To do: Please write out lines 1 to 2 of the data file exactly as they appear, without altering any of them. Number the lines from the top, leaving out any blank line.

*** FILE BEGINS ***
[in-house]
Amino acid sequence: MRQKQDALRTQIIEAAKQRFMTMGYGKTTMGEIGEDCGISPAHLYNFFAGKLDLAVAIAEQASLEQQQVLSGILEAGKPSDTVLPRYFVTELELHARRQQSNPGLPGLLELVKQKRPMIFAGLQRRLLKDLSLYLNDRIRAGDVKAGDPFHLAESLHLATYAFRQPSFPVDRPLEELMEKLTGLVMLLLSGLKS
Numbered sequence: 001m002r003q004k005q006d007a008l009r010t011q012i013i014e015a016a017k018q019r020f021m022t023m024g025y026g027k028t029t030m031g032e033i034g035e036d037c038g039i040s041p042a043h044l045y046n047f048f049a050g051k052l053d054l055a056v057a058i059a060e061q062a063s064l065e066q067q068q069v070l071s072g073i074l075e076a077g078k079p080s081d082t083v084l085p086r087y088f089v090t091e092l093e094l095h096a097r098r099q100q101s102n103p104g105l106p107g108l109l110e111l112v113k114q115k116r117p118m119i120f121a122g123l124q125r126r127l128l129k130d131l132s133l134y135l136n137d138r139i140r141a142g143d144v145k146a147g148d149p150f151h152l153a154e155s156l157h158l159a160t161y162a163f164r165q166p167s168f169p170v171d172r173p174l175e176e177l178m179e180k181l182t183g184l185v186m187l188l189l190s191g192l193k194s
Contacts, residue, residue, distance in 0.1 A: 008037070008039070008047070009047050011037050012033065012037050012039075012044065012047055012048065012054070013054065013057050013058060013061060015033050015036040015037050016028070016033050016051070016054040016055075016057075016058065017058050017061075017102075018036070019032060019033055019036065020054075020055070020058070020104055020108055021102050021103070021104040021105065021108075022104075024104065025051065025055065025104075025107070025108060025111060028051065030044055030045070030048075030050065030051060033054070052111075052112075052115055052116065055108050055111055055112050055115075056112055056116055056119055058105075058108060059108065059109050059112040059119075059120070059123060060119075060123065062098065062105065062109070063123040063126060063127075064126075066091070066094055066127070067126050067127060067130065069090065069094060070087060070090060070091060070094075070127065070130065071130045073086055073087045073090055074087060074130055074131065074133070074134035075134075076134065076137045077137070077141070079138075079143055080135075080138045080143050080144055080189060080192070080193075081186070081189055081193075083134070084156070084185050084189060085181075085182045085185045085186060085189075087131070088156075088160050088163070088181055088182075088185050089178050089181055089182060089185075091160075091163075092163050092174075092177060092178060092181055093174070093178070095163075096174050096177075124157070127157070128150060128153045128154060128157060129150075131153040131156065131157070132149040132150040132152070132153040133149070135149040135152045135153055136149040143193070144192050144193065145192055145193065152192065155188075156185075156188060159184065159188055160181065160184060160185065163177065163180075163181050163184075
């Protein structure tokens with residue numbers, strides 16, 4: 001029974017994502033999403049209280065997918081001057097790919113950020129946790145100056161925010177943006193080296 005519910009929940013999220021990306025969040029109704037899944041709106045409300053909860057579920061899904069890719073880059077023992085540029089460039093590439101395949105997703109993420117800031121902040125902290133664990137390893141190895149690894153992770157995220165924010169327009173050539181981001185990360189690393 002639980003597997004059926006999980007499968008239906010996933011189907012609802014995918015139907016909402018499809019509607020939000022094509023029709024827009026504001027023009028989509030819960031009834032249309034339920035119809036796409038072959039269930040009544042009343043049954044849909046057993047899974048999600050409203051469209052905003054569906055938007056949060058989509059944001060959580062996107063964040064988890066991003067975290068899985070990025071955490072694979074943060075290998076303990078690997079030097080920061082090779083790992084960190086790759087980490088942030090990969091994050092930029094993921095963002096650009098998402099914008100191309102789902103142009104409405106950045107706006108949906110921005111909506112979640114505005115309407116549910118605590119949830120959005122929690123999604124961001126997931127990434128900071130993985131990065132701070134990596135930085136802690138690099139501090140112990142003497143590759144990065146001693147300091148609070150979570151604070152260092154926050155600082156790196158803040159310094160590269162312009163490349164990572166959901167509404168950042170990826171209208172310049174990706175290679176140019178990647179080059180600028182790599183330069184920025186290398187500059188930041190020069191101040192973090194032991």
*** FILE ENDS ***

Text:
[in-house]
Amino acid sequence: MRQKQDALRTQIIEAAKQRFMTMGYGKTTMGEIGEDCGISPAHLYNFFAGKLDLAVAIAEQASLEQQQVLSGILEAGKPSDTVLPRYFVTELELHARRQQSNPGLPGLLELVKQKRPMIFAGLQRRLLKDLSLYLNDRIRAGDVKAGDPFHLAESLHLATYAFRQPSFPVDRPLEELMEKLTGLVMLLLSGLKS